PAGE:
How to Be Good at Maths: 6 Tips to Get an A

1. Don’t bludge, Maths A is hard. Get ahead from the start!

Too many times I hear this from students who aren’t taking the subject serious enough. The reality is that any subject you take at school is going to impact both your OP and your options going forward, so the best time to get in good habits is early on.

In addition, Maths is a subject that builds upon the skills you learn earlier in the year. If you don’t know a concept and you get another topic added on top of it, all of a sudden you’re revising 2 things.

Get ahead of the game. Know the topics that you’re going to do, even if it’s only their name, and do a Google search if you can’t access any notes. Get to know when the skills are useful and contextualise them for yourself. Get involved in class and ask those questions. The more passionate you get early, the less work you’ll leave for yourself at the end. You’ll no longer be catching up – you’ll be flying ahead of the rest.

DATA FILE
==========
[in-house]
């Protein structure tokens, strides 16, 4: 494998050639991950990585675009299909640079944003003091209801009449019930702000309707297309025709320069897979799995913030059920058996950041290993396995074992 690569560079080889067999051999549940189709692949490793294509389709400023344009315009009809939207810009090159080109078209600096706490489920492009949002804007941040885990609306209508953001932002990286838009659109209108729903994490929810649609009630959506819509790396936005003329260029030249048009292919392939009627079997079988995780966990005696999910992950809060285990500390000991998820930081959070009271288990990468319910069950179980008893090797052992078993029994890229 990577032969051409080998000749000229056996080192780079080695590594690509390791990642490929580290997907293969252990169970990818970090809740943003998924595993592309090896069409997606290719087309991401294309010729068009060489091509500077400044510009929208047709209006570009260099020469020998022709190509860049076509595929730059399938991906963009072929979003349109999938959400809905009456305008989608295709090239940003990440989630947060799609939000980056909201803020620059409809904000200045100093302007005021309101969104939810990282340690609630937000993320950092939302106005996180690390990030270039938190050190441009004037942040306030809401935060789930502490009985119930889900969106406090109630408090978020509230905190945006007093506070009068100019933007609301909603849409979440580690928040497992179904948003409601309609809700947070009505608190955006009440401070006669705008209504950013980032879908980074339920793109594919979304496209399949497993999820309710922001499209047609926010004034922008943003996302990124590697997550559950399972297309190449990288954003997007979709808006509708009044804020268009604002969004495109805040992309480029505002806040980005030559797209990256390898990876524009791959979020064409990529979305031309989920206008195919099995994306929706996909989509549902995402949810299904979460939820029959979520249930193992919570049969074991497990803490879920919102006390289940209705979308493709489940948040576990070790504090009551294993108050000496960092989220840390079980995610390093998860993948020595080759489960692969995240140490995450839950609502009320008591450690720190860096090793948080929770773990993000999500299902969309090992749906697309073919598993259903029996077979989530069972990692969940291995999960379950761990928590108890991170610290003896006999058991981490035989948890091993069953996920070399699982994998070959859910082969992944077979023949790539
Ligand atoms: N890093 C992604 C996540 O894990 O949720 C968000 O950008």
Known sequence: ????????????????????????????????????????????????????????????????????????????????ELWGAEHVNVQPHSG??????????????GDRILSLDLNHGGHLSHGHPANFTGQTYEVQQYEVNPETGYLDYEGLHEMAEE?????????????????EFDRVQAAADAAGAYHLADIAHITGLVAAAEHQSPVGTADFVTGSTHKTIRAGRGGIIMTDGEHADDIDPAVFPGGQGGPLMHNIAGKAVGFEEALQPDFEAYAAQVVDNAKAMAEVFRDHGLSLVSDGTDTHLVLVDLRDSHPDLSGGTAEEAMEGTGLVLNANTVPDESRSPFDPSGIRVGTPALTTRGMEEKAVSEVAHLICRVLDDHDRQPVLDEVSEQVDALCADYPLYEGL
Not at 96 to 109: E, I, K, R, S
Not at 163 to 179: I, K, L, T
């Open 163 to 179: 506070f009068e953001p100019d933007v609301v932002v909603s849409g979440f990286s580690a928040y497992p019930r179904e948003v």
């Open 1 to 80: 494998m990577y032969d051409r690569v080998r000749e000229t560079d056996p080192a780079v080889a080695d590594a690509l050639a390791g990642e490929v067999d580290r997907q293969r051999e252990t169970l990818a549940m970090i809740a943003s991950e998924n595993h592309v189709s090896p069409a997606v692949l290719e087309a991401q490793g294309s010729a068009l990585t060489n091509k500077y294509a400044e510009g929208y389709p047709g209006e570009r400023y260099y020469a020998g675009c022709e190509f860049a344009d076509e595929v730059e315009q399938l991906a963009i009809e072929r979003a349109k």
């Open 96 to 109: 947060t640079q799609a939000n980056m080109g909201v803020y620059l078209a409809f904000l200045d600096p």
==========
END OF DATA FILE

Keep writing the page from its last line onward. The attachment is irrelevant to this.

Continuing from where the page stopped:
Trust me, you’ll thank yourself in Term 4 when the big decisions are looming.

2. Maths is another language – learn it

One of the first things I do with my students in tutoring is make a Maths glossary.

The advantages of this are simple: They not only give people a reference point for different mathematical terms, but glossaries also store most of the core concepts a student learns in one place. This is especially useful for topics like financial maths, statistics, and coordinate geometry, which uses a few different ideas and concepts.

If someone asks you to find the mode but you find the median, or someone asks you to find the equation of the tangent to the curve and you find some arbitrary equation by fiddling around with numbers, it shows a lack of knowledge and you will be marked down.

See? Even that sentence alone features around 5 or 6 different terms that you must know inside out!